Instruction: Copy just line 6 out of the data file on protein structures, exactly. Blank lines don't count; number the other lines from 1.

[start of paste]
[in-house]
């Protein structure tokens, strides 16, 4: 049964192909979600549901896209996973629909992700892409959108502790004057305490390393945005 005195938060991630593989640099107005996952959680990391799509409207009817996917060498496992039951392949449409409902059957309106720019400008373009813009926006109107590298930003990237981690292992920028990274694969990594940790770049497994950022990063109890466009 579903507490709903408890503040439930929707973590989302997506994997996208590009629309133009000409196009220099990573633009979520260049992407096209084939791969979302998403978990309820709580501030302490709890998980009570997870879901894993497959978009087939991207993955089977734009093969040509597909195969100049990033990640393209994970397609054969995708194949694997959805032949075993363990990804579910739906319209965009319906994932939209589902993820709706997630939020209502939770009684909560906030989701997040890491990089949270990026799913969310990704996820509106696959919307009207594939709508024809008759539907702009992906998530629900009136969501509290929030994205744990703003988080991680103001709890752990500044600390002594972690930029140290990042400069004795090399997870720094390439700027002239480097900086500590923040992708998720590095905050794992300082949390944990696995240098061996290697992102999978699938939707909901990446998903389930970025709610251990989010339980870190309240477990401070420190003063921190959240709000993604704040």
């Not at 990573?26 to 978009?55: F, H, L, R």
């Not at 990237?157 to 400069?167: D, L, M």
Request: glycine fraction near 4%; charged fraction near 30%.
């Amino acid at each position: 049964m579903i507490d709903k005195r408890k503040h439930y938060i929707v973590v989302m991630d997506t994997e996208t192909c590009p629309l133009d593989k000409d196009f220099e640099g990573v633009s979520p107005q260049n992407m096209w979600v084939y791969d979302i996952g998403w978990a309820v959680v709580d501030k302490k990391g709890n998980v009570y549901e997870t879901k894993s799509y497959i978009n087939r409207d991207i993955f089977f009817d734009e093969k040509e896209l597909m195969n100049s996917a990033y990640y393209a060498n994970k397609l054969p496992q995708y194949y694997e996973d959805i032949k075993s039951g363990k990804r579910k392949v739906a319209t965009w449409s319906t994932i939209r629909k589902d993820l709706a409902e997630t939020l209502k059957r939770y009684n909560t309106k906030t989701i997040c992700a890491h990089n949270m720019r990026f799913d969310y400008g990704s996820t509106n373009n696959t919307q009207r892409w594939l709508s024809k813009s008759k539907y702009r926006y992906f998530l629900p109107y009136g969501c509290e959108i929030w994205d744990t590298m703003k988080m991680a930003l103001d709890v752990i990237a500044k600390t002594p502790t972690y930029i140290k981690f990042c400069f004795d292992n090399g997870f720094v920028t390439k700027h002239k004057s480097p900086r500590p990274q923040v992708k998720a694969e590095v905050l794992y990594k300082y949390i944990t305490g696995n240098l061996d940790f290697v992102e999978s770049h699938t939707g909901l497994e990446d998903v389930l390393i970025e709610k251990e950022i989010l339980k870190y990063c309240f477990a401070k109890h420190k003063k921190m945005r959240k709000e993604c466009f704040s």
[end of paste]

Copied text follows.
């Amino acid at each position: 049964m579903i507490d709903k005195r408890k503040h439930y938060i929707v973590v989302m991630d997506t994997e996208t192909c590009p629309l133009d593989k000409d196009f220099e640099g990573v633009s979520p107005q260049n992407m096209w979600v084939y791969d979302i996952g998403w978990a309820v959680v709580d501030k302490k990391g709890n998980v009570y549901e997870t879901k894993s799509y497959i978009n087939r409207d991207i993955f089977f009817d734009e093969k040509e896209l597909m195969n100049s996917a990033y990640y393209a060498n994970k397609l054969p496992q995708y194949y694997e996973d959805i032949k075993s039951g363990k990804r579910k392949v739906a319209t965009w449409s319906t994932i939209r629909k589902d993820l709706a409902e997630t939020l209502k059957r939770y009684n909560t309106k906030t989701i997040c992700a890491h990089n949270m720019r990026f799913d969310y400008g990704s996820t509106n373009n696959t919307q009207r892409w594939l709508s024809k813009s008759k539907y702009r926006y992906f998530l629900p109107y009136g969501c509290e959108i929030w994205d744990t590298m703003k988080m991680a930003l103001d709890v752990i990237a500044k600390t002594p502790t972690y930029i140290k981690f990042c400069f004795d292992n090399g997870f720094v920028t390439k700027h002239k004057s480097p900086r500590p990274q923040v992708k998720a694969e590095v905050l794992y990594k300082y949390i944990t305490g696995n240098l061996d940790f290697v992102e999978s770049h699938t939707g909901l497994e990446d998903v389930l390393i970025e709610k251990e950022i989010l339980k870190y990063c309240f477990a401070k109890h420190k003063k921190m945005r959240k709000e993604c466009f704040s």